The legalization of sports betting industry across the United States includes a full menu of legal issues, the most discussed of which relates to the states’ rights to establish their own legal framework. But the gambling industry in the U.S. is governed by a complex set of rules. When it comes to the sports betting industry, the things are even more complicated due to the federal ban on sports betting established by the Professional and Amateur Sports Protection Act (PASPA).
But it seems that PASPA may soon be consigned to history as the list of states pushing to legalize sports betting industry is growing with every passing day. This Tuesday brought us the news that West Virginia Senate approved a bill that would legalize the provision of sports betting options across the state, if the U.S. Supreme Court strikes PASPA down.
While this is a definitive victory for the U.S. gambling proponents, the bill includes clauses that would see sports betting industry regulated throughout the state, supposing that the industry generate revenue to help fund the Public Employees Insurance Agency (PEIA). Included in the bill are also clauses that would allow betting on sports at the Mountain State’s casinos and through mobile phone apps approved by the Lottery Commission. The reform passed through the Senate by the wide margin of 29-5. However, there is still a long road ahead for the sports betting industry within state lines.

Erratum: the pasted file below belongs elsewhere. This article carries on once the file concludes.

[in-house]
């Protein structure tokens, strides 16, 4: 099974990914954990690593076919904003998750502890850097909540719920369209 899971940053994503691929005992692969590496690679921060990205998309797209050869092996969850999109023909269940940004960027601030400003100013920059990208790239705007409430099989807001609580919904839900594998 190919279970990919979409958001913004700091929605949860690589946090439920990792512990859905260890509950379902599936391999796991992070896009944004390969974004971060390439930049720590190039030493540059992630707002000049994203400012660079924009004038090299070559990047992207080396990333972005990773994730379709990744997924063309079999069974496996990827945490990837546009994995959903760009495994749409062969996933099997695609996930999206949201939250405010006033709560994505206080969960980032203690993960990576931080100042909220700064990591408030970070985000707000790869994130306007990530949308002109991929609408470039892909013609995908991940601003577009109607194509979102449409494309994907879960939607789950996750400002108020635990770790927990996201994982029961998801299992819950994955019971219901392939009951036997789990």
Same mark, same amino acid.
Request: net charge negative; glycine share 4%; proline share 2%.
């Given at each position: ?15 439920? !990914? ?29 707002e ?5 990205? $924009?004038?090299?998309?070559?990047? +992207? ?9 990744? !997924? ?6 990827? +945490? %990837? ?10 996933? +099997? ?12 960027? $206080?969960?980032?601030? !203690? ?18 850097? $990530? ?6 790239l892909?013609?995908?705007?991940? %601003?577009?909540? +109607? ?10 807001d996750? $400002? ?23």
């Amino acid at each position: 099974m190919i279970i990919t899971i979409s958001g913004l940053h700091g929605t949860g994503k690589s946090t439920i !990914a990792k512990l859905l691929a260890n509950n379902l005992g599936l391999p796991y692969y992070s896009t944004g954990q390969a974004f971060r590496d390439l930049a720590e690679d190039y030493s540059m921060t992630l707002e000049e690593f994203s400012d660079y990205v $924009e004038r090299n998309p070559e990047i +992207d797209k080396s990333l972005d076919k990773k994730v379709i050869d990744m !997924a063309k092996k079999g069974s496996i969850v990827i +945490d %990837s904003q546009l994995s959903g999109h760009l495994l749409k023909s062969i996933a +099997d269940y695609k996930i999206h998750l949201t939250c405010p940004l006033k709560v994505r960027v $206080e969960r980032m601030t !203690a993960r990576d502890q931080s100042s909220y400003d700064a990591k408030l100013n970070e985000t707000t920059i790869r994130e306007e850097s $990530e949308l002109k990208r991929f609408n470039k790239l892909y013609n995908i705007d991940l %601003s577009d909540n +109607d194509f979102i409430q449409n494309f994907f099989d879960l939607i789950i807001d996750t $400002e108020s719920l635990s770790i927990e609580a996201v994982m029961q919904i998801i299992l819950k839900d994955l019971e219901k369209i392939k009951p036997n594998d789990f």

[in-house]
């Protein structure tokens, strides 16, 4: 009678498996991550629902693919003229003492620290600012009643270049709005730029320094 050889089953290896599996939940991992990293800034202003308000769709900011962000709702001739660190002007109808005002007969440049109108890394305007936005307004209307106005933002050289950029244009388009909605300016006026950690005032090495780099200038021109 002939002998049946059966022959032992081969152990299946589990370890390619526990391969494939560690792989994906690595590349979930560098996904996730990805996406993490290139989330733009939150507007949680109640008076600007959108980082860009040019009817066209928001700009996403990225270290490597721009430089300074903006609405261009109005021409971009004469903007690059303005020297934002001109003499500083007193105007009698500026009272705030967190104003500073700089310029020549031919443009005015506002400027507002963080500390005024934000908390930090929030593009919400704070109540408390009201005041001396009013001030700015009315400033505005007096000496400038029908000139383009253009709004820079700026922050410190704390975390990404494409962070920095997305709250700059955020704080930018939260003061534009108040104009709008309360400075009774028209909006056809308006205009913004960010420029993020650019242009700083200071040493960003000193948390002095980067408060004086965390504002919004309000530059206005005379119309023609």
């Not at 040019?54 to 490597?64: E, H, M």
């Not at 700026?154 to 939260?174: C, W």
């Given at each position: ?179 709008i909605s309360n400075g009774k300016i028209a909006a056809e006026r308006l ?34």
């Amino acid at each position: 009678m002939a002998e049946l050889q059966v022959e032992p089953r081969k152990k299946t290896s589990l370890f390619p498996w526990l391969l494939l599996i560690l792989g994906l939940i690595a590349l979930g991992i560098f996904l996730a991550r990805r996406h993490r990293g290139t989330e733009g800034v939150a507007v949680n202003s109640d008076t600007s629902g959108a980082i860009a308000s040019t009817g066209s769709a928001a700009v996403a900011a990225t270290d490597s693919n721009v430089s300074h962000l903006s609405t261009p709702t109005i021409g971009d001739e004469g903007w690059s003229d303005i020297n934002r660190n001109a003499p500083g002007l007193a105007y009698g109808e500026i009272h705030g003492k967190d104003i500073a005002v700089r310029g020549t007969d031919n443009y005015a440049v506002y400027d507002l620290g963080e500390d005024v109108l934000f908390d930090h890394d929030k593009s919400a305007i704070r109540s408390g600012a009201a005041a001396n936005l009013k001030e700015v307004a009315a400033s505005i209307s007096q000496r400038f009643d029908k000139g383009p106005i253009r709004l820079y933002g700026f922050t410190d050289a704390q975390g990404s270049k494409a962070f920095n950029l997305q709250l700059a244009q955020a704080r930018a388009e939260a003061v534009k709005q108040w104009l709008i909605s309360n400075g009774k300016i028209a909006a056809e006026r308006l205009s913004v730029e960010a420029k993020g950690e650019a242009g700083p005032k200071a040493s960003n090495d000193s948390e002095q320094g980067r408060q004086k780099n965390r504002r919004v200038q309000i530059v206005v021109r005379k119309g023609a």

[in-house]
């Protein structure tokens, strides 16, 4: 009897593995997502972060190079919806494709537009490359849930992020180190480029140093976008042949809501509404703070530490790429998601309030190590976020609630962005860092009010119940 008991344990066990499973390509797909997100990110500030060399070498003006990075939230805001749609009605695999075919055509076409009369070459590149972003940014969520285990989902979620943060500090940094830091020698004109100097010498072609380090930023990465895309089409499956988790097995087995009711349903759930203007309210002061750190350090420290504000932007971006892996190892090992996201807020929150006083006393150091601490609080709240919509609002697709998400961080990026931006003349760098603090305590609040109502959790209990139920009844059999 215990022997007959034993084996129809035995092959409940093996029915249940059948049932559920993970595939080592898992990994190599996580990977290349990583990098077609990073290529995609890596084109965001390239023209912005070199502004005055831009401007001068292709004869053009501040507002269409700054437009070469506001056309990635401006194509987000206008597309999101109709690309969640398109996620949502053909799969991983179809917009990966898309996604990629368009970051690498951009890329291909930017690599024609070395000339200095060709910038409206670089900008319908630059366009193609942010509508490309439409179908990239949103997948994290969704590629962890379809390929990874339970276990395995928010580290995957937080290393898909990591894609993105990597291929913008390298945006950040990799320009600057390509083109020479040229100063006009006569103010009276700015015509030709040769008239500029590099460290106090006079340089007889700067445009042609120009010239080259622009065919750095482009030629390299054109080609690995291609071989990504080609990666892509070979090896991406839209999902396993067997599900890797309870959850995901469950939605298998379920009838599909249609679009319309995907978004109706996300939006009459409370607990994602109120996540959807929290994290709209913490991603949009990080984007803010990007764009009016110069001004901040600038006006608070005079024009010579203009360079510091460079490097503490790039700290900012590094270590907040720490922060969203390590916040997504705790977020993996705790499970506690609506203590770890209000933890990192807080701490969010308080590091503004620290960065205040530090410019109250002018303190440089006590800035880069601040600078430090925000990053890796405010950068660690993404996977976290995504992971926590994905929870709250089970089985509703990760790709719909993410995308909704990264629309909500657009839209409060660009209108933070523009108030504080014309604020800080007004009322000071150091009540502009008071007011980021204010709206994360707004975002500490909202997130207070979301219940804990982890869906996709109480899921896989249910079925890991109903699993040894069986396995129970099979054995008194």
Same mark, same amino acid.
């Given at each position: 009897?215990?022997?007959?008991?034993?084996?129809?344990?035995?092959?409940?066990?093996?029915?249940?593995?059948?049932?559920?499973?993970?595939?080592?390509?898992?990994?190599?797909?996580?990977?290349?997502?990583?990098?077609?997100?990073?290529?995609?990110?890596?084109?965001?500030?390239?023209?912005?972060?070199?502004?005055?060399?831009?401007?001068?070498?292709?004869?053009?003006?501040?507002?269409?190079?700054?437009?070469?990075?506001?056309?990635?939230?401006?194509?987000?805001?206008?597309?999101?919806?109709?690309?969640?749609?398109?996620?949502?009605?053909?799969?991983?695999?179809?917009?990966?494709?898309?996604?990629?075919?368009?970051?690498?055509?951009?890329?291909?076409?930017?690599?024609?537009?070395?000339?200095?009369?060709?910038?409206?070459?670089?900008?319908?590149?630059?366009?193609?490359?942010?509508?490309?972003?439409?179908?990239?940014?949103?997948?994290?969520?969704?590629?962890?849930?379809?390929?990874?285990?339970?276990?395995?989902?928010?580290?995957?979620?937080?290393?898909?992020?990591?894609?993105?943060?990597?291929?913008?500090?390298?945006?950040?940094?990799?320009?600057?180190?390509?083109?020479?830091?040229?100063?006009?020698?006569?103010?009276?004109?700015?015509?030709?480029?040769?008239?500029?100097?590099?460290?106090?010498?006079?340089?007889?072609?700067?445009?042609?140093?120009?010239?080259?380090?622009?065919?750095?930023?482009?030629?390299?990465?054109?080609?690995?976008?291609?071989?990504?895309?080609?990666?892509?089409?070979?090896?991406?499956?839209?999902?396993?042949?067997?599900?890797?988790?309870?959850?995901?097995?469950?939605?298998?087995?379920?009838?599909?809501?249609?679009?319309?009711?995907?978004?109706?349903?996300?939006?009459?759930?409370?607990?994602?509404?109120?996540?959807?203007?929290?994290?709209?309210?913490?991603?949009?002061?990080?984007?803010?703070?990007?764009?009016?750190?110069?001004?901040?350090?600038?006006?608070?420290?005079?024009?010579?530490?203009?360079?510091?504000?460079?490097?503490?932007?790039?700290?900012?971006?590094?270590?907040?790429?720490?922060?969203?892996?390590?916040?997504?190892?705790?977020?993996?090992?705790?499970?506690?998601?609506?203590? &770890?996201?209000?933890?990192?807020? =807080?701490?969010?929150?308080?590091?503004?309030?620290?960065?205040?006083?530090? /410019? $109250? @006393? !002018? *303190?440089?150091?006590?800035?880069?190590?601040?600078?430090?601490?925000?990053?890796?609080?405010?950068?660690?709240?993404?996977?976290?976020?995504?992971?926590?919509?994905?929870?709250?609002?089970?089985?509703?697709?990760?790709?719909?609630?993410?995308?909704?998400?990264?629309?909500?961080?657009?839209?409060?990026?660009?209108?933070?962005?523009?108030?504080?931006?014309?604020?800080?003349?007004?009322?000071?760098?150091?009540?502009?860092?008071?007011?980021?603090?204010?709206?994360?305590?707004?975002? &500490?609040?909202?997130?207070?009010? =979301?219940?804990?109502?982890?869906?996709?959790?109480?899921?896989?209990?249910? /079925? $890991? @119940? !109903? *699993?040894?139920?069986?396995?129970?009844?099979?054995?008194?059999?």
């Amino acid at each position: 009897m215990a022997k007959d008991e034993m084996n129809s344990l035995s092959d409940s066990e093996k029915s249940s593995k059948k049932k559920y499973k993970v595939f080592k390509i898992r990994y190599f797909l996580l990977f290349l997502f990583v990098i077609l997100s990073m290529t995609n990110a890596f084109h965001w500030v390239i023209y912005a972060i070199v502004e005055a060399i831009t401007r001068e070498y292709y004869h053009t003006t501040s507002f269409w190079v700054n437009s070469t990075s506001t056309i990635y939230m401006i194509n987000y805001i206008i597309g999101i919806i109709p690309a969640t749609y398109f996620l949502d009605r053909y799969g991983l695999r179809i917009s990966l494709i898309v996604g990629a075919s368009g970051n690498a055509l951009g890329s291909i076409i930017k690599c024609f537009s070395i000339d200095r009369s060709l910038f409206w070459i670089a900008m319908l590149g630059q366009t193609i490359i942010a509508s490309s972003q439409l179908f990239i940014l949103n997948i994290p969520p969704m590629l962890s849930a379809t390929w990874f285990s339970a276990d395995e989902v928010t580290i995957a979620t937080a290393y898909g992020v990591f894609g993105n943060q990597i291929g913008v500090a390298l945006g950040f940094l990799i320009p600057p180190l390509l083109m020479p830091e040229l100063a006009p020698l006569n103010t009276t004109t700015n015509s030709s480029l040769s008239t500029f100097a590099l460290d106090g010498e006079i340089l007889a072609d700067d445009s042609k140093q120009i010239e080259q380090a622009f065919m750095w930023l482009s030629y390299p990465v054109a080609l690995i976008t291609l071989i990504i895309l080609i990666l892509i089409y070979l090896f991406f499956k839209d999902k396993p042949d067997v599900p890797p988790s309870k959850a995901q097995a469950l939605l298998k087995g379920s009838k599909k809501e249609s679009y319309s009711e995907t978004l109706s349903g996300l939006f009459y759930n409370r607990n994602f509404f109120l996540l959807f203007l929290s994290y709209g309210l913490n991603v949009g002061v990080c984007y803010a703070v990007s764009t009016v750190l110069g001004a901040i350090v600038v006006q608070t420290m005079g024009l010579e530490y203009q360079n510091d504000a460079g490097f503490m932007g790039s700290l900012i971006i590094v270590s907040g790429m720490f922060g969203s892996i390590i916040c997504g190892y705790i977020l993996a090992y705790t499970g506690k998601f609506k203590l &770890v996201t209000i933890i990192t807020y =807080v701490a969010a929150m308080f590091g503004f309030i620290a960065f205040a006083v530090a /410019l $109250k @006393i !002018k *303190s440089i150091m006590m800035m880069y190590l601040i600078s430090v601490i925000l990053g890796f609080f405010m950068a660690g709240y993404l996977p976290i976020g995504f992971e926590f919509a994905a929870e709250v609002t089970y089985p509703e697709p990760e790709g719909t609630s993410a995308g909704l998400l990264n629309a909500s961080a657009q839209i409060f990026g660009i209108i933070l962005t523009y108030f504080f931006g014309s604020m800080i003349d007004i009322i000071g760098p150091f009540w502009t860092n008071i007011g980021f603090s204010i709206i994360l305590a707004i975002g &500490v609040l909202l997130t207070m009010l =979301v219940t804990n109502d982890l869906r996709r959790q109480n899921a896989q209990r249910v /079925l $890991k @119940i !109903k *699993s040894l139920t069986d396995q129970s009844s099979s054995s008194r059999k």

West Virginia Sets Revenue Expectations on Sports Betting
Supposing that the state brings the new laws into play, revenues reaped from the sports betting industry will go to the state Lottery Commission. Sen. John Unger, D-Berkele also suggested an amendment that would see any revenue over $15 million from sports bets to fund PEIA.
Finance Committee Chairman Sen. Craig Blair, R-Berkeley projected that the state could collect approximately $5 million in revenues in the first year after the legalization of sports betting. The revenue would reach up to $13.4 million by the third year and about $28.7 million by the fifth year.
Speaking of the bill, Senate Finance Chairman Craig Blair, R-Berkeley who led the chamber through the discussions on Tuesday commented that the bill is to enrich the casinos’ selection of games and help them keep ahead of the competition.
Sen. Corey Palumbo, D-Kanawha, and Sen. Mike Romano, D-Harrison raised concerns over the legality of the bill, pointing out the West Virginia Constitution. Judiciary Committee Chairman Sen. Charles Trump, R-Morgan explained that he believes that the bill does not run afoul of the Constitution. The bill now goes to the House of Delegates.
Many states realized that legalizing the sports betting industry is to alleviate mounting budgetary pressure. As for now, nothing is written on a stone as the U.S. Supreme Court needs to decide whether PASPA should be repealed.